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Looking to rehome

Discussion in 'Rehoming and Adoption' started by pollywotsit, Apr 28, 2019.

  1. pollywotsit

    pollywotsit New Member Registered

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    Hi there, we lost our beloved rottie x GSD at the end of Jan and had initially decided to wait longer before getting another but we hate not having a dog so here I am. I would be quite happy with a rescue but due to our/my requirements Im not sure it would work. Duke had a lot of issues thanks to being shut in a crate for 20 hours a day as a puppy. By the time we got him at 8 months old, the damage was done and much as I loved him, this time I would like a dog with fewer issues. Our new dog must be child, cat and dog friendly (we have a cat and a 10 year old (dog savvy) daughter and there are dogs everywhere in our village), housetrained and good to walk OR young enough to be trained properly. The problem with Duke was the lack of puppy education and socialisation. He didnt trust other dogs and pulled me over numerous times on walks. He was a rather large boy! Friendly thoughts on the problem would be welcomed.
     
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  2. JudyN

    JudyN Well-Known Member Registered

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    Just occasionally, almost-perfect dogs turn up in rescues, so don't rule this out. Though I'd want one that had been fostered in a normal home rather than kennelled as some only reveal their true colours once in a home environment.

    And just occasionally, intentionally bred dogs can have issues even if socialised and rasied well as a pup so if you go through a breeder, check that they have selected for temperament and not just for good show-ring conformation.
     
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  3. merlina

    merlina Well-Known Member Registered

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    Many rescues are willing to cat-test dogs if it's practical- and will rehome to families with children of 10 plus. Don't be offended if I say it's less easy to child test! Children are so variable. I've been asked for a 'child-proof' dog in the past. There's no such animal. The only way to ensure the safety of a child with a dog is through supervision by an adult. Children of course can and do learn to respect and be to sensible around dogs- but only an adult can make sure this learning doesn't break down. And it only has to break down once. Same with a new puppy. Ours was such a little savage I'm sure he wouldn't been returned to the breeder if he'd gone to a family home!:eek:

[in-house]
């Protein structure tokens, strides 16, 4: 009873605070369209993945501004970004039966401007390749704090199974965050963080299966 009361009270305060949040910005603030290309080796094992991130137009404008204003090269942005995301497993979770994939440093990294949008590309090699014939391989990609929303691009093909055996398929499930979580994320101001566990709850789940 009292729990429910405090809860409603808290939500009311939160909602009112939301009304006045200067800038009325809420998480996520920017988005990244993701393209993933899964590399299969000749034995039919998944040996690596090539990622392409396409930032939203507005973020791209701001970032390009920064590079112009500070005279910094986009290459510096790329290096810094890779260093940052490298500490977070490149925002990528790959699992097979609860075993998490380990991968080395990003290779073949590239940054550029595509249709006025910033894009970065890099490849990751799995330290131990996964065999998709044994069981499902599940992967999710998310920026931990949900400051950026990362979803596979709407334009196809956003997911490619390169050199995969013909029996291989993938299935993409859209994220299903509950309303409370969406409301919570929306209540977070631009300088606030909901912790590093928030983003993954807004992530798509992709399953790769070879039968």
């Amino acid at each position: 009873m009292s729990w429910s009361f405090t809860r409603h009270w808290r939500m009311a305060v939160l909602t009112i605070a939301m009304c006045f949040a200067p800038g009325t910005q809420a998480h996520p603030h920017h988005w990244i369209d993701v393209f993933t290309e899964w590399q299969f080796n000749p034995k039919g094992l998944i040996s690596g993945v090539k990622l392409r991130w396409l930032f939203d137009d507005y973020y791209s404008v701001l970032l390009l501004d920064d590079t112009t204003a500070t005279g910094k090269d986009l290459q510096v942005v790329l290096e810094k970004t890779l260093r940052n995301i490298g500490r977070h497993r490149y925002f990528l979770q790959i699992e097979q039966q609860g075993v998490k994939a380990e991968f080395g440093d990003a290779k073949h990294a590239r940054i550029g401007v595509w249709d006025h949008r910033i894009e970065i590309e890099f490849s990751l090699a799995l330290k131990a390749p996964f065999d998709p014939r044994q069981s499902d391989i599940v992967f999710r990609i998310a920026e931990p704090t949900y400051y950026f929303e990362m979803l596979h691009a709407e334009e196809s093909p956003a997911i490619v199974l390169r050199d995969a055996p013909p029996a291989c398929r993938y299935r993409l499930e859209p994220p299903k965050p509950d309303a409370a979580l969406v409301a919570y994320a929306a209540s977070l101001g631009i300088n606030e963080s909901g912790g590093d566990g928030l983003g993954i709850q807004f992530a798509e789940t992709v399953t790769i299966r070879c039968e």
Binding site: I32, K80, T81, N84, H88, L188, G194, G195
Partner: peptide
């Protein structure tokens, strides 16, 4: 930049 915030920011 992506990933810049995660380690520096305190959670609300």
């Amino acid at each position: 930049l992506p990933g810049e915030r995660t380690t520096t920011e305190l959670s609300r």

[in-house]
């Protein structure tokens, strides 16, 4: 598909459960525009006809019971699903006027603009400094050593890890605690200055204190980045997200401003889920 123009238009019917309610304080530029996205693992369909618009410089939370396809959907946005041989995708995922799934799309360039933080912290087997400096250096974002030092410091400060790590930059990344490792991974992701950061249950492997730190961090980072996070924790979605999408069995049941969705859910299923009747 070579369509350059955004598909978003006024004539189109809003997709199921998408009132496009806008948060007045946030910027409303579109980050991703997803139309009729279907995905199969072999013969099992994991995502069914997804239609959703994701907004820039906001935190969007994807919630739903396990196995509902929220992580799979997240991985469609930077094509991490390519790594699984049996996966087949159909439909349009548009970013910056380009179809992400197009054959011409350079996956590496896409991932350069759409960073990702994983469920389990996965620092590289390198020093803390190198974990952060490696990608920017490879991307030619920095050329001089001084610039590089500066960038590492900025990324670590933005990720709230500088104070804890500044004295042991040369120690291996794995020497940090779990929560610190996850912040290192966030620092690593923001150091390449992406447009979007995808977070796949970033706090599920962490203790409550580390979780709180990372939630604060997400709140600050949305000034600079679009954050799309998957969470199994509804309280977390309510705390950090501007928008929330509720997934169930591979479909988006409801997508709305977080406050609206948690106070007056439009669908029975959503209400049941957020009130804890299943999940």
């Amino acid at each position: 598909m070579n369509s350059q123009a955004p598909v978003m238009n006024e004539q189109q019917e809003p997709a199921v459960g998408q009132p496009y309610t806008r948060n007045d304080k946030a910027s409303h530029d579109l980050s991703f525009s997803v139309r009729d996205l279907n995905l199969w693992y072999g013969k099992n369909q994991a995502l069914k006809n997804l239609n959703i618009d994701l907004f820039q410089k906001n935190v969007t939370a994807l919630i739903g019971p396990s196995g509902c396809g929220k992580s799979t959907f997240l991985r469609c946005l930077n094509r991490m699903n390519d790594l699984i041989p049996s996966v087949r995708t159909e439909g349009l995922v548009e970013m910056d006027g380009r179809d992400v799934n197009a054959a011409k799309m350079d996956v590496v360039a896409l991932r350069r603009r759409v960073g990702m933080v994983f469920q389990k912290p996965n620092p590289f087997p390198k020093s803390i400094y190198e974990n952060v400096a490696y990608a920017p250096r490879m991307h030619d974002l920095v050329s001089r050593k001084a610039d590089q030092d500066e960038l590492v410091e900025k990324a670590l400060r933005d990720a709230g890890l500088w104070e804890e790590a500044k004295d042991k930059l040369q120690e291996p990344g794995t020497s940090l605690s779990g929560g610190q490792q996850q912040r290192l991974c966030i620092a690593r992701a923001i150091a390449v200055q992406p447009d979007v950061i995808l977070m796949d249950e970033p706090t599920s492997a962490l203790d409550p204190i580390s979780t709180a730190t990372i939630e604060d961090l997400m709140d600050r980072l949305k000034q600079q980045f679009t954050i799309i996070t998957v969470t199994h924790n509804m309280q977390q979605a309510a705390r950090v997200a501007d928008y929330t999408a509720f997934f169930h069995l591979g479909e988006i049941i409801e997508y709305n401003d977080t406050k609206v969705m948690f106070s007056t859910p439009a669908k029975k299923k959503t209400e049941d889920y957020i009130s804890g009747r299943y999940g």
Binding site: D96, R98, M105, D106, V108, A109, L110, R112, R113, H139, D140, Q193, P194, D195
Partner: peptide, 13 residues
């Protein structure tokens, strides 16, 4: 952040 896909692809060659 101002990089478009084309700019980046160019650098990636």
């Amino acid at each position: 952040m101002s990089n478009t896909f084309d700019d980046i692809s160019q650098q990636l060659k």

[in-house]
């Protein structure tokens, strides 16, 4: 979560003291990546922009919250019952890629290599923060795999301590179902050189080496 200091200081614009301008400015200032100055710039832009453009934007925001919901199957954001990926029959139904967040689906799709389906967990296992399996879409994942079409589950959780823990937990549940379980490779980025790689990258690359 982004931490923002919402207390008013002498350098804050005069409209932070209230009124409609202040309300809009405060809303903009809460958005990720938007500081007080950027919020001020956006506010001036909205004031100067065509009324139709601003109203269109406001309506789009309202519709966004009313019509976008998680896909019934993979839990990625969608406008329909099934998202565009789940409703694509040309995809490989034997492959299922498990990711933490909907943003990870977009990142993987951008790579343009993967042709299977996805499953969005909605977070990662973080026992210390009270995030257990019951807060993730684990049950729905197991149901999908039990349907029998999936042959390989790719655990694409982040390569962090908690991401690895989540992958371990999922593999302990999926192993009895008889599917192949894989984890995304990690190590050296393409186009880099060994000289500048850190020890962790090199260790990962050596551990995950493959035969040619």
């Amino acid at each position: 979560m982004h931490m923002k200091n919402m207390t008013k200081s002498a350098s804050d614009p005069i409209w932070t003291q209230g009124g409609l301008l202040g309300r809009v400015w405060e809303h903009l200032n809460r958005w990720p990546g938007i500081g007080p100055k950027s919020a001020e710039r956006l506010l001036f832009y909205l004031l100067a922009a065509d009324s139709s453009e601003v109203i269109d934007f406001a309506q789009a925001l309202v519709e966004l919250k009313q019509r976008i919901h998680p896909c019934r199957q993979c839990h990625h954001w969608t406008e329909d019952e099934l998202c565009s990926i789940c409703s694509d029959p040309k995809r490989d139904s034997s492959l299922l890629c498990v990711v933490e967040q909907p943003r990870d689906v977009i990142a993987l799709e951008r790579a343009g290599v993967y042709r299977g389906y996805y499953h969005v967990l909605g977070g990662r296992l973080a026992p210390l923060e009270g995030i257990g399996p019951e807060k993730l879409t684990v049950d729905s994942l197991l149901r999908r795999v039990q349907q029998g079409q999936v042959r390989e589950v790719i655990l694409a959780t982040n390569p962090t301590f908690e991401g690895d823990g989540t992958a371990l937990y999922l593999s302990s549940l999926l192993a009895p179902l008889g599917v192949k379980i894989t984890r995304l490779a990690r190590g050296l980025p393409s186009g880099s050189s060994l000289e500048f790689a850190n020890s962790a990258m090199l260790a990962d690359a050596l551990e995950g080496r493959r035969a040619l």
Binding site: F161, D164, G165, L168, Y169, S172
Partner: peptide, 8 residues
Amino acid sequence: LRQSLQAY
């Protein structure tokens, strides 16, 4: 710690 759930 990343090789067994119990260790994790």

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  4. pollywotsit

    pollywotsit New Member Registered

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    I have no concerns about my daughter as she has grown up with our boy and he was a fabulous teacher for her. He was so protective over her. We do miss him! We have lots of dogs in the family too. The cat knows exactly how to educate an over inquisitive pup and wont hesitate to tell them NO.

    We are lucky in that I am home most of the time and when I do go out, the dog will come with me where possible so training would be consistent and there would be little in the way of home alone time. Its just finding the right dog.

    incidentally, duke came to us via this (or another very similar) forum in early 2008.
     
  5. Mad Murphy

    Mad Murphy Well-Known Member Registered

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    Please dont rule out adoption .. We have just adopted George 18 mths to help calm our nearly 3 year old Murphy.
    George is so laid back and calm its amazing. Yes there are lots of dogs with issues but there are also lots of dogs who are in rescue through no fault of their own.
    Just today I saw 2 dogs up for adoption because the owners have decided they want a baby .....
     
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  6. merlina

    merlina Well-Known Member Registered

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    Also have you thought of Dogs Trust? They are country-wide and very responsible.
     
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  7. pollywotsit

    pollywotsit New Member Registered

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    Oh thats so sad. We had duke when our youngest came along and he was amazing with her from day 1, despite his size and apparent lack of grace, he was the gentlest ever with her.
     
  8. Caro Perry

    Caro Perry Well-Known Member Registered

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    Just occasionally, almost-perfect dogs turn up in rescues, so don't rule this out

    They do indeed. One of my friends fostered sight unseen a rescue from Eastern Europe. The dog came straight to her from the journey across Europe. She was very stressed and scared (understandably) for the first day or two and wouldn't come out of her crate but she got her confidence back quite quickly and she's lovely. No vices at all.

    She's clearly been well loved and well treated but there is no history at all for her so how she ended up in a shelter remains a mystery.
     

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